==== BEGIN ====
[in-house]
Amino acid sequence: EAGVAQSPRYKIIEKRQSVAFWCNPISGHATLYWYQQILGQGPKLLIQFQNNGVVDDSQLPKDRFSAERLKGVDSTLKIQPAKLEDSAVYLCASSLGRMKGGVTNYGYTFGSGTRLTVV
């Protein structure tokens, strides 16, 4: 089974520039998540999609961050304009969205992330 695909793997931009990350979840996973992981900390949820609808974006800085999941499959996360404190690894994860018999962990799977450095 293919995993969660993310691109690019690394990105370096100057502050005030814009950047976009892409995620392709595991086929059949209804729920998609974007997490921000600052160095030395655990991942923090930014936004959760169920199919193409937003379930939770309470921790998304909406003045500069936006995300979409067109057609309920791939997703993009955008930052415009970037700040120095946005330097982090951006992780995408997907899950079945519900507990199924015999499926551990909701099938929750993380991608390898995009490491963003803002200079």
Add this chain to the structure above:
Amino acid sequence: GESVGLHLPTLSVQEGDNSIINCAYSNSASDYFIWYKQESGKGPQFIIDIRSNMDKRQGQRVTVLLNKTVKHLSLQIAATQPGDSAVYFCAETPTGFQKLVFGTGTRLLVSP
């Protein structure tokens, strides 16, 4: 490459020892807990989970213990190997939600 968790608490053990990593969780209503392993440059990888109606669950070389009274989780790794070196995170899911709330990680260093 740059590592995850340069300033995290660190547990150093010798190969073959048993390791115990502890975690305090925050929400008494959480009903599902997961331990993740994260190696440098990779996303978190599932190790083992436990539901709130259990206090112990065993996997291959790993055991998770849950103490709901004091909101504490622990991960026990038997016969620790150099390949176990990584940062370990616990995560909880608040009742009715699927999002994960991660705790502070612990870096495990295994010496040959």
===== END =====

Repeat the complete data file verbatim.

[in-house]
Amino acid sequence: EAGVAQSPRYKIIEKRQSVAFWCNPISGHATLYWYQQILGQGPKLLIQFQNNGVVDDSQLPKDRFSAERLKGVDSTLKIQPAKLEDSAVYLCASSLGRMKGGVTNYGYTFGSGTRLTVV
């Protein structure tokens, strides 16, 4: 089974520039998540999609961050304009969205992330 695909793997931009990350979840996973992981900390949820609808974006800085999941499959996360404190690894994860018999962990799977450095 293919995993969660993310691109690019690394990105370096100057502050005030814009950047976009892409995620392709595991086929059949209804729920998609974007997490921000600052160095030395655990991942923090930014936004959760169920199919193409937003379930939770309470921790998304909406003045500069936006995300979409067109057609309920791939997703993009955008930052415009970037700040120095946005330097982090951006992780995408997907899950079945519900507990199924015999499926551990909701099938929750993380991608390898995009490491963003803002200079």
Add this chain to the structure above:
Amino acid sequence: GESVGLHLPTLSVQEGDNSIINCAYSNSASDYFIWYKQESGKGPQFIIDIRSNMDKRQGQRVTVLLNKTVKHLSLQIAATQPGDSAVYFCAETPTGFQKLVFGTGTRLLVSP
């Protein structure tokens, strides 16, 4: 490459020892807990989970213990190997939600 968790608490053990990593969780209503392993440059990888109606669950070389009274989780790794070196995170899911709330990680260093 740059590592995850340069300033995290660190547990150093010798190969073959048993390791115990502890975690305090925050929400008494959480009903599902997961331990993740994260190696440098990779996303978190599932190790083992436990539901709130259990206090112990065993996997291959790993055991998770849950103490709901004091909101504490622990991960026990038997016969620790150099390949176990990584940062370990616990995560909880608040009742009715699927999002994960991660705790502070612990870096495990295994010496040959």